If you’re a healthy man in your forties with no family history of prostate cancer and you’re not African American (a group with increased risk for prostate cancer), should you get regular PSA testing? If you were to ask actor/comedian/director Ben Stiller that question, he’d definitely say yes. Dr. Danoff explains why he agrees with Stiller that PSA testing can save lives.
In an article written for Medium, actor Ben Stiller revealed that he was diagnosed with early prostate cancer—and beat it—in 2014. When I saw him on television recently, he looked fit, alert, and vigorous and bore no apparent adverse effects from his battle with cancer.
Stiller reported that his diagnosis was initially made because his PSA (prostate-specific antigen) level was elevated. The controversy surrounding the efficacy of PSA testing in a man who shows no cancer symptoms and is not deemed at high risk (no family history of cancer and not of a vulnerable ethnicity) has been hotly debated, but in this case, the test seems justified.
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For more information on prostate and other urologic cancers, read The Ultimate Guide to Male Sexual Health: How to Stay Vital at Any Age.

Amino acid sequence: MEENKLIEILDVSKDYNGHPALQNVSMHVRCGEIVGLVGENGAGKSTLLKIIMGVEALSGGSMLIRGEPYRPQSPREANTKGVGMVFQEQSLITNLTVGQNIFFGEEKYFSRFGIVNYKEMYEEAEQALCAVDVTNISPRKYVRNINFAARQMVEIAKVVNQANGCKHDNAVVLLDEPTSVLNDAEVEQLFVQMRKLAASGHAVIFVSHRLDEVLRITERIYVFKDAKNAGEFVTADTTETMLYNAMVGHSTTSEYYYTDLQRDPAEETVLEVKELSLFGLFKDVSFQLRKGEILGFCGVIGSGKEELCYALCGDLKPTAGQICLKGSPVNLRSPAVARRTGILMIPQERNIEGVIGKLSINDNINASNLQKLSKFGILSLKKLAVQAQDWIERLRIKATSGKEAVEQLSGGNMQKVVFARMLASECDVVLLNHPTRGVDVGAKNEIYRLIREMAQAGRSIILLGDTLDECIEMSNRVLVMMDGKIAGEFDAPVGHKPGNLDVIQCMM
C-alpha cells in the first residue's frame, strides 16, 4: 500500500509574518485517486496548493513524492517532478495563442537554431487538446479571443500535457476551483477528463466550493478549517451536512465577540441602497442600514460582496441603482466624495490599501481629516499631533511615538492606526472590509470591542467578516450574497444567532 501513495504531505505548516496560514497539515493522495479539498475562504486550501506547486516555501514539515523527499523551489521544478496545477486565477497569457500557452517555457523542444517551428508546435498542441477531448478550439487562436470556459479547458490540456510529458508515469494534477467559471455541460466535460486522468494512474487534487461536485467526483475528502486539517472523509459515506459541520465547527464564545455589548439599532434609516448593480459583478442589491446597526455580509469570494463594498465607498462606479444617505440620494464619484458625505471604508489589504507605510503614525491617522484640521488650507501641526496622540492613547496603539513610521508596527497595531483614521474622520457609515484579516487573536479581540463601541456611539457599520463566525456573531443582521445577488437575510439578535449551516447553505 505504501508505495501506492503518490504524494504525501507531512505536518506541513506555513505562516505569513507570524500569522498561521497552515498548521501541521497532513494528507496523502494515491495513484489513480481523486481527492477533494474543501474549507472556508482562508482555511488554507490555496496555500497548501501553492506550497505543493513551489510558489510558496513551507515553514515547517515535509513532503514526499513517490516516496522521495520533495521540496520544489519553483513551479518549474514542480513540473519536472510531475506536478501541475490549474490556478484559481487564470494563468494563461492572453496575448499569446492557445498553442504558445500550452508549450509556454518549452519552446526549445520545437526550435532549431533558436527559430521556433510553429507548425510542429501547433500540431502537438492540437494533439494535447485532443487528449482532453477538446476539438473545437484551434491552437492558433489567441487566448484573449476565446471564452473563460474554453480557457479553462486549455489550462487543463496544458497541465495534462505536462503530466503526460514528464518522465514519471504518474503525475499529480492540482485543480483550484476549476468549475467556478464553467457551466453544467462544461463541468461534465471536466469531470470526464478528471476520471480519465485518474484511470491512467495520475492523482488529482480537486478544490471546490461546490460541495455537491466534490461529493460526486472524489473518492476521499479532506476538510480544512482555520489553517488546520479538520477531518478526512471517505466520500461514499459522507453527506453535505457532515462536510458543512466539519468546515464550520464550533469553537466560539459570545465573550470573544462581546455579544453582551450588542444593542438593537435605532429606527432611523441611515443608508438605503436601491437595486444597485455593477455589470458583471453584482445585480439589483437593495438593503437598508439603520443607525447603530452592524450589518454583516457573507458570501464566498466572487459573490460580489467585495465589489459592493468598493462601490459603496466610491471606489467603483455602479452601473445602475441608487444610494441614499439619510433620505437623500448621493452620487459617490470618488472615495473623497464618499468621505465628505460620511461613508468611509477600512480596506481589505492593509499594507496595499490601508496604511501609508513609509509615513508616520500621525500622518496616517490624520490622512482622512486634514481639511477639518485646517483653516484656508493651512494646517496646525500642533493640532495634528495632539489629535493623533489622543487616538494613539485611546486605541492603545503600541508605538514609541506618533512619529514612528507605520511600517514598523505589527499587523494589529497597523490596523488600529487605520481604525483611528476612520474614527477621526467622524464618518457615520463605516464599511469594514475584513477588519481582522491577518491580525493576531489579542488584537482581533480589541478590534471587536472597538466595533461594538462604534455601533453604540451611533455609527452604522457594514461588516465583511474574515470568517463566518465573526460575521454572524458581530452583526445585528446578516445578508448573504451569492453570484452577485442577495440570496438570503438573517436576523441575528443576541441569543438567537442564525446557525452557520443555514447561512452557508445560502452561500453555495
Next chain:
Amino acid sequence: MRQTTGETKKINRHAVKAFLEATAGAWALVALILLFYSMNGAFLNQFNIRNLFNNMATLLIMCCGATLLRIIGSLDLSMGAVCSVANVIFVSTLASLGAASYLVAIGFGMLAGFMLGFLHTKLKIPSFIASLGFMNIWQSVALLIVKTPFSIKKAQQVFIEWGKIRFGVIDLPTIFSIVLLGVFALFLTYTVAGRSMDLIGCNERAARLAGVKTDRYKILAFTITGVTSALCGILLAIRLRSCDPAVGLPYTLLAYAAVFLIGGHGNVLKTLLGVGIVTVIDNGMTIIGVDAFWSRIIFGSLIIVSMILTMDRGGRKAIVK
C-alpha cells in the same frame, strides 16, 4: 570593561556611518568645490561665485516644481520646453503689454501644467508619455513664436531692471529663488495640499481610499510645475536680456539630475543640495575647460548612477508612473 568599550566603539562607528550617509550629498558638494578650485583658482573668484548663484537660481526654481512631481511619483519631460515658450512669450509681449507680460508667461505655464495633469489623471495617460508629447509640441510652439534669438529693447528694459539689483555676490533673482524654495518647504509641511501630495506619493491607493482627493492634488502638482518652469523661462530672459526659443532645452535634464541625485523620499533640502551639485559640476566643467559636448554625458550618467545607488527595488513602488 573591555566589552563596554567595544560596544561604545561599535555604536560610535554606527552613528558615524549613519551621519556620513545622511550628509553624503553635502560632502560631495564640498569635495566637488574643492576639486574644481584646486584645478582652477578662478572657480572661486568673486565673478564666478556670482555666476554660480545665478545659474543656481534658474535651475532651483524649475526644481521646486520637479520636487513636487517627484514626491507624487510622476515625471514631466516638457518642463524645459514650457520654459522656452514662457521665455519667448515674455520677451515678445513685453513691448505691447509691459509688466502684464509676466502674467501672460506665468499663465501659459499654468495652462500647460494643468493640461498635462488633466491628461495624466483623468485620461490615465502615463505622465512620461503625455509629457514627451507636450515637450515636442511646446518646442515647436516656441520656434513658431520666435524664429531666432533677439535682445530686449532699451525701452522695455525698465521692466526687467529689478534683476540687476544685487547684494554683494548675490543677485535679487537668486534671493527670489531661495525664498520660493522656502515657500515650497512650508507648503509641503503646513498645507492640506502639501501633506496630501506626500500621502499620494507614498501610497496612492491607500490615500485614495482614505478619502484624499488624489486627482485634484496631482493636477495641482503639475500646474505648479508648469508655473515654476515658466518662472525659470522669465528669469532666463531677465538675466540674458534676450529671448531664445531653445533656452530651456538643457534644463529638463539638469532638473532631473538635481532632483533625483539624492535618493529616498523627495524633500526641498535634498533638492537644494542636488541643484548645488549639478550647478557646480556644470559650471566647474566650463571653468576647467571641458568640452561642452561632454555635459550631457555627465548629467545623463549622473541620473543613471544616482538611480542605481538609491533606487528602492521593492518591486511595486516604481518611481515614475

Dudley Seth Danoff, MD, FACS, is a diplomate of the American Board of Urology and a fellow of the American College of Surgeons. Born in Brooklyn, New York, Dr. Danoff is a graduate of Princeton University, summa cum laude and Phi Beta Kappa. He received his medical degree at Yale University with honors. He completed his urologic surgical training and fellowship at Columbia University Presbyterian Medical Center in New York City. Following his training, he served as a major in the United States Air Force Medical Corps. For more than a quarter century, Dr. Danoff taught on the clinical faculty of UCLA School of Medicine. Currently, he is attending urologic surgeon at Cedars-Sinai Medical Center in Los Angeles. He is the founder and president of the prestigious Cedars-Sinai Medical Center Tower Urology Medical Group, the leading urologic practice serving the Southern California community for over thirty years. Dr. Danoff and his wife, Israeli singer Hedva Amrani, are longtime residents of Beverly Hills, California, and have two children: Aurele Danoff, an attorney, and Doran Danoff, a composer.